The minimum wage debate too often gets mired in a discussion of immediate cost to small business. Groups like the Chamber of Commerce frame the issue within this context: Businesses have a limited amount to spend. Increasing the cost of a hour of work, therefore, means they will be able to pay for fewer hours. This, they say, will lead to fewer jobs and fewer working hours for those who are working.
It’s a neat argument — based to a degree on reality — but it’s also a sham. It attempts to recast business owners self-interest in an altruistic light. The poor, low-wage worker. She’s the one who will suffer. What else can I do?
It’s also counter-productive, as David Dayen points out in The L.A. Times. Raising the wage floor — i.e.., the minimum — is “not harmful, but actually critical in the current economy,” he writes.
Fast food restaurants have been engaged in what Dayen calls a price war, pushing menu items designed to attract low-wage consumers but that generate almost no profit. Restaurants say they need these “value”deals to be competitive, which “suggests that purchasing power at the low end of the economy has become so corroded that sellers must fall over themselves to offer prices that barely enable them to make a profit,” he writes.
So businesses cut costs — which makes investors happy, but leads to stagnant wages, especially at the low end of the spectrum.
Wall Street investors encourage companies to cut labor costs; record profits have resulted, with more national income going to the ownership class. Most of the gains since the recession have come at the high end. While low-wage workers are finally seeing some boosts — mostly from minimum wage increases — lack of housing affordability and cost of living rises in areas like health care continue to put them behind.
We can call this the WalMart conundrum. WalMart and other low-price retailers are affordable options — often the only affordable options —for low-income and working class families, but this affordability comes at the cost of their own incomes. WalMart and its ilk keep prices low by suppressing wages and by limiting hours. The bulk of its workforce is made up of part-timers, meaning the company does not have to provide healthcare. His leaves many of these workers seeking public benefits — which essentially is a socialization of low-wage work.
The clear solution, both for workers and the businesses they frequent, is to raise wages. Henry Ford figured this out more than 100 years ago. Reckoning that consumers and the workforce were one and the same, Ford sought to cycle more money through the economy, increasing the likelihood that people would purchase his cars. He also wanted to lower labor turnover and retraining costs by giving workers an attractive These aims doubly resonate for minimum-wage jobs. Turnover costs are enormous in fast food and other low-wage sectors. And the correlation between higher salaries and sales is arguably greater in restaurants and retail than for auto assembly lines. Paying people more becomes practically an imperative in an economy so dependent on consumer spending.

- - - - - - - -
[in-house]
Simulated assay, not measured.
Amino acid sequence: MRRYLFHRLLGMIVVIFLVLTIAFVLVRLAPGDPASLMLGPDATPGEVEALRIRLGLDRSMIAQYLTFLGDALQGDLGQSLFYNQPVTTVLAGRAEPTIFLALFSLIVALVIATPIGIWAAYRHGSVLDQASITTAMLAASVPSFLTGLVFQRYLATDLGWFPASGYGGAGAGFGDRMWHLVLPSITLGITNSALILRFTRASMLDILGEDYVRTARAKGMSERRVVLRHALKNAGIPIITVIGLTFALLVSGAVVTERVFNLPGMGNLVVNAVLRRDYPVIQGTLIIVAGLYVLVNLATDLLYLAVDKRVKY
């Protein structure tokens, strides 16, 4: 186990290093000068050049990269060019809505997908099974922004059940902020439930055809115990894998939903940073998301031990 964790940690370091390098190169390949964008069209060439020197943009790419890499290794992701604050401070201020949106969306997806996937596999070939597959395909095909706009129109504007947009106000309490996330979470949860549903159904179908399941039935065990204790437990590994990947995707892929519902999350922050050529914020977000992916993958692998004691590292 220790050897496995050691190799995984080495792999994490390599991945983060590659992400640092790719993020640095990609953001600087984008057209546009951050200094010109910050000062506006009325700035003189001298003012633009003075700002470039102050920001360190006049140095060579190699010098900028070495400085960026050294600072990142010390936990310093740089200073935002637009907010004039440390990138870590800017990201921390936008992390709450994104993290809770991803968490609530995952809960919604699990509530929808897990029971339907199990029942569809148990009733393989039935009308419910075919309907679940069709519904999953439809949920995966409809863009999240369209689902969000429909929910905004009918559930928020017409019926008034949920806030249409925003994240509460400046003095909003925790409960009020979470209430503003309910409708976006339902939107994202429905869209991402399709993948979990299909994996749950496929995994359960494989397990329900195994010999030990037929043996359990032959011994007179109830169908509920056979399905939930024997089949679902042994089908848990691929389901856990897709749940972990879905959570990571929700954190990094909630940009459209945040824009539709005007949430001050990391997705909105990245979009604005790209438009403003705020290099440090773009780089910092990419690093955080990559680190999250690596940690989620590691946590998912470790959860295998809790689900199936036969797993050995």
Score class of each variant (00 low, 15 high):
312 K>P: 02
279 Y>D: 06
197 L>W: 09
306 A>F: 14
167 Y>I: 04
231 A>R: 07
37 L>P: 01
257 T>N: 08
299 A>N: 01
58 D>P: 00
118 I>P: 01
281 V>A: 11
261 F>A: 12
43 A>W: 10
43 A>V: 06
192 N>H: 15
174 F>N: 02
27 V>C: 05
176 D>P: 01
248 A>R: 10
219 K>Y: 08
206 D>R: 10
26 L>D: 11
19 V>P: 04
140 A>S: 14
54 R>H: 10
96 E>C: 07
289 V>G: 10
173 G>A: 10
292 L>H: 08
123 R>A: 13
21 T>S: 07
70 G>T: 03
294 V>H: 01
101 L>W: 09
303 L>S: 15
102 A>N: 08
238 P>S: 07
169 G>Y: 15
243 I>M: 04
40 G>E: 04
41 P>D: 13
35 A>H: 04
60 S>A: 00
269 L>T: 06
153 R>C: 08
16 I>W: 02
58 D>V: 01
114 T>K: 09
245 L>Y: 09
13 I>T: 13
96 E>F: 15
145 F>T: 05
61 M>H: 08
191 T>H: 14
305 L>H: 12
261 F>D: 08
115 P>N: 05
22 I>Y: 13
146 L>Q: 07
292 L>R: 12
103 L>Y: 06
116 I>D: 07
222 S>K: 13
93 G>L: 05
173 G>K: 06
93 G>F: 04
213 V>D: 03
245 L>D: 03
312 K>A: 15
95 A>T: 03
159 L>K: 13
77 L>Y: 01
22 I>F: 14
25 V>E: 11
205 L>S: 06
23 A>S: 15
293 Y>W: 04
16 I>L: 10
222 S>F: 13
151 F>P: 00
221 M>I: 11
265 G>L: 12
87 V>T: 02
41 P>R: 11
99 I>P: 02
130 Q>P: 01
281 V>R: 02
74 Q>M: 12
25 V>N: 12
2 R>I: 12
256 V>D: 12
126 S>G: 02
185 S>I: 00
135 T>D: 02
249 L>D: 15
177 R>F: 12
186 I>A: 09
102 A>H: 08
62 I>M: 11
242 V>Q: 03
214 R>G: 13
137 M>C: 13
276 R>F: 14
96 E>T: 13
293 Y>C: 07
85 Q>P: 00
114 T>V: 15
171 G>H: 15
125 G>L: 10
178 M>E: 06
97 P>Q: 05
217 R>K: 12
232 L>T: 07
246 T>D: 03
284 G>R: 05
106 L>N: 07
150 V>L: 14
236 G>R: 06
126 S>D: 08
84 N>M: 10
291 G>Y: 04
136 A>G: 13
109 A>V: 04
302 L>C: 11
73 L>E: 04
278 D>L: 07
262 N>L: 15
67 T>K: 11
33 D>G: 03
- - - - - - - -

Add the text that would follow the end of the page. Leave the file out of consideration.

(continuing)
In New Jersey, the minimum wage is now indexed to inflation, which means it ticks up annually. But its base was far too low to make the kind of economic impact needed. As New Jersey Policy Perspective pointed out in December,
The new minimum wage still falls very short of what it takes to get by. In fact, it covers just 41-57% of the basic household budget for a single adult full-time worker with no children.
And make no mistake, he bulk of workers earning the minimum are not high school kids. NJPP reports that four of five minimum wage workers are 20 or older, nearly half work full time and another third work 20 to 35 hours a week. More than half are women and one in five are parents.
I’ve interviewed a lot of workers, a lot of businesses, labor unions, the Chamber, and others over the years in an effort to get a better understanding of the wage issue. There is merit in both sides’ arguments, I think, but only if you severely proscribe the terms of your argument. In this case, the public debate over the wage has been narrowly framed to exclude human rights questions and to embed the rights of profit over all else. Small business owners are just as much at the whim of corporate America as low-wage workers, are being sacrificed in similar ways to ensure that the record profits we’ve been witnessing continue their growth unabated and without any real effort to share the wealth.
Minimum wages, as they’ve been conceived to this point, only nibble at the edges. Even $15 an hour is too low in a state like New Jersey. Housing costs alone will eat almost half of the $30,000 a year the $15 wage would generate.
One potential solution is a guaranteed minimum income –or essentially paying people for being citizens. We have a form of this in place, if you think about the array of social safety net programs designed to offset economic deprivation — various forms of welfare (WIC and TANF, general assistance), food supports (SNAP), utility aid, healthcare, etc. These are based on the idea that government can (should) soften the blow for those chewed up and spit out by capital. A guaranteed minimum income takes these disparate aid programs, simplifies them and makes them universal.
I don’t pretend to have the details or to view basic income as a panacea. But it is worth discussing — which I invite readers of this post to do in the comments or on Twitter. Just make sure you tag me (@newspoet41).